Resources are strained across the UK justice system. There have been years of cuts to police funding and hourly rates for publicly prosecuting barristers are at an all-time low.
Police rightly focus their limited resources on priorities such as violent crimes, sexual offences and terrorism.
Meanwhile, it is estimated that £90bn ($118bn, €105bn) of dirty money is laundered through the UK each year, the cost of economic crime is estimated to be £14.4bn, and Suspicious Activity Reports (Sars) to the National Crime Agency (NCA) rose by 10% during 2017-2018.
It is against this background that interest in bringing private prosecutions is growing. For many, they offer access to justice in circumstances where the state lacks resources to investigate or prosecute.
Peters & Peters partner Hannah Laming and Kerri McGuigan, associate, break down what financial advisers and other professionals need to be aware of to best protect their clients.
Not without its issues
Private prosecutions can offer speed and efficiency when compared to public prosecutions.
But, experts and commentators in this field have also warned that they give rise to unique risks and ethical questions when compared with public prosecutions.
The conduct of public prosecutors is governed by legislation, codes of conduct and guidance.
However, it is not always mandatory for private prosecutors to follow such provisions; they are not always directly applicable and they do not necessarily cover issues which arise in the context of a private prosecution.
Mind the gaps
Below, we discuss three examples of lacunas [gaps] in existing provisions:
First, a private prosecutor has a duty to act fairly and impartially, as a minister of justice.
This means that a lawyer charged with bringing a private prosecution on behalf of a client must carefully balance this duty with their professional obligation to act upon the instructions of their client and in their best interests.
Tensions may arise, for example, where a client wishes to proceed with a private prosecution where their lawyer does not consider that the Full Code Test (which must be satisfied before a public prosecution can be commenced) is met or where the motive for bringing proceedings is improper or abusive.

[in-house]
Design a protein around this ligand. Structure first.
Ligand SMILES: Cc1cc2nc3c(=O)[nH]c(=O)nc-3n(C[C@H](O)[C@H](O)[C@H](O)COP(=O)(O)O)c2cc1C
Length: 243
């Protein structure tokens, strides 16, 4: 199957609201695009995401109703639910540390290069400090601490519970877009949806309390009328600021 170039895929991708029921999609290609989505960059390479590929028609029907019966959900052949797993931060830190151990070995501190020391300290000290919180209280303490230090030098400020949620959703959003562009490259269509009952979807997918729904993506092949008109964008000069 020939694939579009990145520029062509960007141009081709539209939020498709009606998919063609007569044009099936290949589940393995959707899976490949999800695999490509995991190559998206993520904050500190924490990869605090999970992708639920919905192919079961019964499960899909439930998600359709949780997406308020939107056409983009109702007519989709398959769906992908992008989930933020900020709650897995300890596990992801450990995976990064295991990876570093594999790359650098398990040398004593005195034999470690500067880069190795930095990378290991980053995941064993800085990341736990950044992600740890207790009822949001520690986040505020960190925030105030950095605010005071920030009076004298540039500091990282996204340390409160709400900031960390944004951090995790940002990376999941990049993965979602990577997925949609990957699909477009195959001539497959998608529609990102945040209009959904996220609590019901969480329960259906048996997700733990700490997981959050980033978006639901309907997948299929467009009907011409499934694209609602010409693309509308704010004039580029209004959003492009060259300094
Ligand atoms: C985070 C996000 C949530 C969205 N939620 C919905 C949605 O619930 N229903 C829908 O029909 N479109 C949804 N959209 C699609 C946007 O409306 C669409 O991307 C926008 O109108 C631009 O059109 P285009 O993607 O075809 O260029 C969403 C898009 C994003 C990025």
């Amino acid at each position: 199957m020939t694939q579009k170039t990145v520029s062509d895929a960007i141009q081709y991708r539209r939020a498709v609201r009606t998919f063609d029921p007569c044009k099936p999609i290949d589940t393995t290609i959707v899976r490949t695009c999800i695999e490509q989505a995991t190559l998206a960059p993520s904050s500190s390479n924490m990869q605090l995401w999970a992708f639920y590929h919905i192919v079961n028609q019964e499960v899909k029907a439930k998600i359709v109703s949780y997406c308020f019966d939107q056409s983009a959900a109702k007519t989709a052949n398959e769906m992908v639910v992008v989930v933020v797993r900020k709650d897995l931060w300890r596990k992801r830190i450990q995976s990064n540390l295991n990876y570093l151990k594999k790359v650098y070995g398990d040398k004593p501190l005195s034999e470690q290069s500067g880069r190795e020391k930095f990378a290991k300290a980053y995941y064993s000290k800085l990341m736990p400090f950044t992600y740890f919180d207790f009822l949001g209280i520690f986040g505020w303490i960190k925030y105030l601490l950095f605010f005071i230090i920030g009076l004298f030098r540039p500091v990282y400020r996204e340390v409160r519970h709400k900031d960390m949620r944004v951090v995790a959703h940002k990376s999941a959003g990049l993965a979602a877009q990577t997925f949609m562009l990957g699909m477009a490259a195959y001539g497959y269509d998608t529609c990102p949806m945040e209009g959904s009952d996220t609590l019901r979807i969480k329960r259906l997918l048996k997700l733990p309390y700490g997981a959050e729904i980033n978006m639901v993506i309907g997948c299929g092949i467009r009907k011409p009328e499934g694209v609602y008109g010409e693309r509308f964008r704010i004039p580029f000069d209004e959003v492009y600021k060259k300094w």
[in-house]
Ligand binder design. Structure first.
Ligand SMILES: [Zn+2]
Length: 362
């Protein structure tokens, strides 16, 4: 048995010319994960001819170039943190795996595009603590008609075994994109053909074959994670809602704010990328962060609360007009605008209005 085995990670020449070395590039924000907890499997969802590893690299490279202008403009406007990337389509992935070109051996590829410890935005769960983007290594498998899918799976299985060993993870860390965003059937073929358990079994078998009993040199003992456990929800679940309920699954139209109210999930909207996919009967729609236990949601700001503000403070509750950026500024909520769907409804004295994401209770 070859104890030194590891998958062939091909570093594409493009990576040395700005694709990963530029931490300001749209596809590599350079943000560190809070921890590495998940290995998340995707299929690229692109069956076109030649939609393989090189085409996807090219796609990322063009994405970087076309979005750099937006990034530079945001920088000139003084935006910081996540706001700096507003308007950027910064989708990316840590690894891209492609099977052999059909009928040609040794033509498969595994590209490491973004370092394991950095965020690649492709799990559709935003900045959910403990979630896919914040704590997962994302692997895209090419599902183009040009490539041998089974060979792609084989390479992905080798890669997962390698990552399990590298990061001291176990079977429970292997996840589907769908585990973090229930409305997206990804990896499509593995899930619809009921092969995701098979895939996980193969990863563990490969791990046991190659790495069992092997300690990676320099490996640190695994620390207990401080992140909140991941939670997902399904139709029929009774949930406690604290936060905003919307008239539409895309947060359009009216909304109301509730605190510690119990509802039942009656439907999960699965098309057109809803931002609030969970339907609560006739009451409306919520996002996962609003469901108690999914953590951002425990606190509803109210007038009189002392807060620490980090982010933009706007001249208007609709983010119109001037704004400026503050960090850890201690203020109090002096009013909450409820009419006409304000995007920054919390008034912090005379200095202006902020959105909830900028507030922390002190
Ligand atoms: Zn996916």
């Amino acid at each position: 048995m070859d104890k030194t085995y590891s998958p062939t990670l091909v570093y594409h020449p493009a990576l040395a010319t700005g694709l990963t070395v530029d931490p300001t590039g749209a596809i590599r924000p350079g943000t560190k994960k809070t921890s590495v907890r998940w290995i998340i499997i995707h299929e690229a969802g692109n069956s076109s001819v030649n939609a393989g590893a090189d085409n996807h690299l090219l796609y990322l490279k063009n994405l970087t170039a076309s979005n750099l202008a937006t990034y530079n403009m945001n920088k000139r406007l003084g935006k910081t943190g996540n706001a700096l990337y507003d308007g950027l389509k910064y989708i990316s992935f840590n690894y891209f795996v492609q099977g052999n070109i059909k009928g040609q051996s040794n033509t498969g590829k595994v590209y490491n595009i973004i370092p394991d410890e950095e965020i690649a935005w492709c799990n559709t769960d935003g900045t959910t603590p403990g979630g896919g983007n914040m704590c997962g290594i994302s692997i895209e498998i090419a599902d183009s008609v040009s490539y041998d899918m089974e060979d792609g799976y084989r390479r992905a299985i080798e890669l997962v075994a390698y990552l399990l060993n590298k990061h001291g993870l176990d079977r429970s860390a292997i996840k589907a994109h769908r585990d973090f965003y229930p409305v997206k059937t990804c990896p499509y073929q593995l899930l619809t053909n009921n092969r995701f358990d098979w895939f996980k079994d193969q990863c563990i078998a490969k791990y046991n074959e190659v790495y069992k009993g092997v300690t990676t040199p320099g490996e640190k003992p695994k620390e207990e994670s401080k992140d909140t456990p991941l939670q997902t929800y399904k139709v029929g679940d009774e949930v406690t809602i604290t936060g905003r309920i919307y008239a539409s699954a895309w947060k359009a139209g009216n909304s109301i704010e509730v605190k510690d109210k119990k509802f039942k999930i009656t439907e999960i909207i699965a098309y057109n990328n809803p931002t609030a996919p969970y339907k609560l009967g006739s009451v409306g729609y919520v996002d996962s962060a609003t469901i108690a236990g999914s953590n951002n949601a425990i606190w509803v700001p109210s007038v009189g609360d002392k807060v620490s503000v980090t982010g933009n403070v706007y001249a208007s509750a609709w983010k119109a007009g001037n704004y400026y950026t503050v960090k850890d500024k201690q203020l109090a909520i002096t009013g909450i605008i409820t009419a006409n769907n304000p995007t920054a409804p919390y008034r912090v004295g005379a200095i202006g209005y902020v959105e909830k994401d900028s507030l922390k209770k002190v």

Second, where the client is a victim or witness in the private prosecution, his communications with his criminal lawyers will be subject to privilege and would therefore ordinarily be protected from disclosure to the defendant.
However, a prosecutor (whether public or private) has an obligation to disclose to the defence any material which may reasonably be considered to undermine the prosecution or assist the defence. This can result in issues where material meets the test for disclosure but is also subject to legal professional privilege.
There is also a lack of consensus on how such material should be listed on disclosure schedules.
Third, private prosecutions are frequently run in parallel with civil proceedings, which can result in complexities arising from the different rules around disclosure and treatment of privileged material; the different treatment of witnesses and the need to consider how evidence has been obtained and the use to which it can be put.
Keep to the code
The Private Prosecutors Association (PPA) was founded in 2017 with a view to sharing and promulgating best practice in the field, including the establishment of a Code for Private Prosecutors (the code).
In setting it out, the PPA seeks to provide meaningful guidance to all practitioners in the field, including investigators, subject matter experts and financial professionals, and to establish a set of principles for the conduct of private prosecutions that can be relied upon by complainants, defendants and the courts.
The code is intended to be a benchmark for the proper conduct of private prosecutions.
It is aimed at helping practitioners to identify and resolve the types of issues identified above, leading to a consistency of approach, improving standards and increased public confidence.
It is hoped that the code will be successful in ensuring that both complainants and defendants have access to a fair and just system, protecting all parties from prejudice, and facilitating proper scrutiny of the ethical issues unique to this type of prosecution.
Many members of the PPA have worked collaboratively to create a draft code. This has been subject to a public consultation with a number of stakeholders specifically asked to consider providing their comments.
The association intends to publish a final code by the end of May 2019, and PPA members will be asked to confirm that they will abide by it as a condition of their membership of the organisation.
Hopefully, the code will endorse high standards of conduct in private prosecutions which will strengthen safeguards and address some of the concerns of raised by critics.
At a time when, understandably, neither the Crown Prosecution Service (CPS) nor the police have the bandwidth to pursue every criminal action, there is certainly an argument that they provide a valuable part of the legal toolkit for addressing criminal conduct.
This article was written by Hannah Laming, partner, and Kerri McGuigan, association, of Peters & Peters Solicitors.